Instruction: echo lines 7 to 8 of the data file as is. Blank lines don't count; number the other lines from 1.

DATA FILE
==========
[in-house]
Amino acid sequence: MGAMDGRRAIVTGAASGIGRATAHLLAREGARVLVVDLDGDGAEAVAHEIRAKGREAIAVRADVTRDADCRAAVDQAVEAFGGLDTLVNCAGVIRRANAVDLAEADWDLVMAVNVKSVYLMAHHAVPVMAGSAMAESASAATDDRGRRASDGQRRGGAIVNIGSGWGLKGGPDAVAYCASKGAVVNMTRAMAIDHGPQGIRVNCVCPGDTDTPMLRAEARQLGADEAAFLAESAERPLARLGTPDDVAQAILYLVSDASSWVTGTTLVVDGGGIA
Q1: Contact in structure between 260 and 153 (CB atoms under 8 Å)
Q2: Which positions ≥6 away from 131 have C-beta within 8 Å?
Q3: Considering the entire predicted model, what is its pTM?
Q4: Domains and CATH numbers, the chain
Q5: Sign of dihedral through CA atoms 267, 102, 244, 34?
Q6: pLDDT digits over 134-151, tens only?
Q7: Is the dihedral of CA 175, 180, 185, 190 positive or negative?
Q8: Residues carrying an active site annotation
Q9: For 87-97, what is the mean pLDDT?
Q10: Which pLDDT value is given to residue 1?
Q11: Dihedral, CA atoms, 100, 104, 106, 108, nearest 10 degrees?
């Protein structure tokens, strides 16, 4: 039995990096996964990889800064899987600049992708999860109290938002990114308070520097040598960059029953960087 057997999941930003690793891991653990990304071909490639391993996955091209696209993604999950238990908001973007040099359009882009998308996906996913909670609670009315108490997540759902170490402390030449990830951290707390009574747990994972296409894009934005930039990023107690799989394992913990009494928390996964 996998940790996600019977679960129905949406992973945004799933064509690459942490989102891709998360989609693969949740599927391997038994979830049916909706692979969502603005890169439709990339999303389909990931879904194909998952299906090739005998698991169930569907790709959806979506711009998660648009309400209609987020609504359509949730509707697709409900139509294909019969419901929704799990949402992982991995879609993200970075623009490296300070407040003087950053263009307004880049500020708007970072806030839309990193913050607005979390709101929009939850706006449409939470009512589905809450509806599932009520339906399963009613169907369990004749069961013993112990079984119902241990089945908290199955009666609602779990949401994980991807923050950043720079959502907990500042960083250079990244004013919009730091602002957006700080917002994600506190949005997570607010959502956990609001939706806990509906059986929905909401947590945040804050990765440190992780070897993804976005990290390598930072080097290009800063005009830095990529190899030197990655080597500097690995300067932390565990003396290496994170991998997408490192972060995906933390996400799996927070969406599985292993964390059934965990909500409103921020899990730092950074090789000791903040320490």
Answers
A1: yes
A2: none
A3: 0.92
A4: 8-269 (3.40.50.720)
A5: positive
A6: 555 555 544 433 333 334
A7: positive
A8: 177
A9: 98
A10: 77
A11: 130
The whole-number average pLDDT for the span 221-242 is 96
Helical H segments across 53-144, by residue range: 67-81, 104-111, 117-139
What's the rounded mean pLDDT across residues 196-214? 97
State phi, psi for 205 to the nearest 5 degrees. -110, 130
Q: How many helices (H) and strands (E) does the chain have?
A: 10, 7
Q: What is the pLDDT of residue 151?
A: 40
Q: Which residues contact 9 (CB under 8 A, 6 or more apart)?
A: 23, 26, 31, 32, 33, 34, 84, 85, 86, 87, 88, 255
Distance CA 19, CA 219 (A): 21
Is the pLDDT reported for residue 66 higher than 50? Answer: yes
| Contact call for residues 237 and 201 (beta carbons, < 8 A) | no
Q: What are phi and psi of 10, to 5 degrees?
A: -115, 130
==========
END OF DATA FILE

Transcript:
Q5: Sign of dihedral through CA atoms 267, 102, 244, 34?
Q6: pLDDT digits over 134-151, tens only?